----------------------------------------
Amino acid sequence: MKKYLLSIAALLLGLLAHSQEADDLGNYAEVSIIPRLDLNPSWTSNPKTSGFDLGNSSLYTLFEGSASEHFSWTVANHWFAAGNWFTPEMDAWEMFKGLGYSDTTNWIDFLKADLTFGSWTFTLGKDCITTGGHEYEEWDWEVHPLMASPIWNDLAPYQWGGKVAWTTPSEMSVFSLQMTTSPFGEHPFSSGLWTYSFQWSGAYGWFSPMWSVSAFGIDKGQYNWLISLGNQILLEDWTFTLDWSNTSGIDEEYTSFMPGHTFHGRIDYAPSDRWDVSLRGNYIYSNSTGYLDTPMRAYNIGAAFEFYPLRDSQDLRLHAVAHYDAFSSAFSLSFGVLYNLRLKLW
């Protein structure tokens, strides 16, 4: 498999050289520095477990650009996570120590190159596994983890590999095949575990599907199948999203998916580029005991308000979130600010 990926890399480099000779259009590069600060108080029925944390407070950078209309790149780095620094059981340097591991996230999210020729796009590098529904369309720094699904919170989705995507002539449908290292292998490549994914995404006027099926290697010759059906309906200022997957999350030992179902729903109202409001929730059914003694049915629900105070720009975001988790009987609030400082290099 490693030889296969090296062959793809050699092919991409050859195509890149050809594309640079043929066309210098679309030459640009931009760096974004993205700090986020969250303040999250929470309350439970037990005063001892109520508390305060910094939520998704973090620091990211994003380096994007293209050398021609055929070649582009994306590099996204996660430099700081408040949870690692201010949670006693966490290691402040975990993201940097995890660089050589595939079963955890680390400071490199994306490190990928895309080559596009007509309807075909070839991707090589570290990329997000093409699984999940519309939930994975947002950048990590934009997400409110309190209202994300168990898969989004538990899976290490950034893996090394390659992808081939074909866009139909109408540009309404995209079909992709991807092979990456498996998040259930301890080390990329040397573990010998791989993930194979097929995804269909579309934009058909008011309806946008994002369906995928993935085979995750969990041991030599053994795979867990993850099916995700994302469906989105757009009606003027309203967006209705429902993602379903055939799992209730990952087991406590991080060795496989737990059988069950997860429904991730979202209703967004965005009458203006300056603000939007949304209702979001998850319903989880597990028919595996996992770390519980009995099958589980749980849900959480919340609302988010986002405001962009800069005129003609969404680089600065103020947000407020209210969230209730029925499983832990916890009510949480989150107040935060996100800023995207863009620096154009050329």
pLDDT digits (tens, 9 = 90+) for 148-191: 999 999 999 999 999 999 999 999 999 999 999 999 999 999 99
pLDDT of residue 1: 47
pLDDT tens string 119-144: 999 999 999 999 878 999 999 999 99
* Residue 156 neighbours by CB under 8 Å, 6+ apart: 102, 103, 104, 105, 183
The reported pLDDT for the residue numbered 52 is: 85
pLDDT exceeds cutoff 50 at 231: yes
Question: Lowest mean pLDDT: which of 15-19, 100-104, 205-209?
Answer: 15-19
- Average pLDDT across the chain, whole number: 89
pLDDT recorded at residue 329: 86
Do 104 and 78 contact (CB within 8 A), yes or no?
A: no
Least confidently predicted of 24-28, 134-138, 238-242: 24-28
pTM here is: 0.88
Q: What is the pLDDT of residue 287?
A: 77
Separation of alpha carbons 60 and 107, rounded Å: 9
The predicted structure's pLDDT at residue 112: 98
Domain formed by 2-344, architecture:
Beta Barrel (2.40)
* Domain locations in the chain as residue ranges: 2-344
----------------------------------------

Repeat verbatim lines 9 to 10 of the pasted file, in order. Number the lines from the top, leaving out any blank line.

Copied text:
Question: Lowest mean pLDDT: which of 15-19, 100-104, 205-209?
Answer: 15-19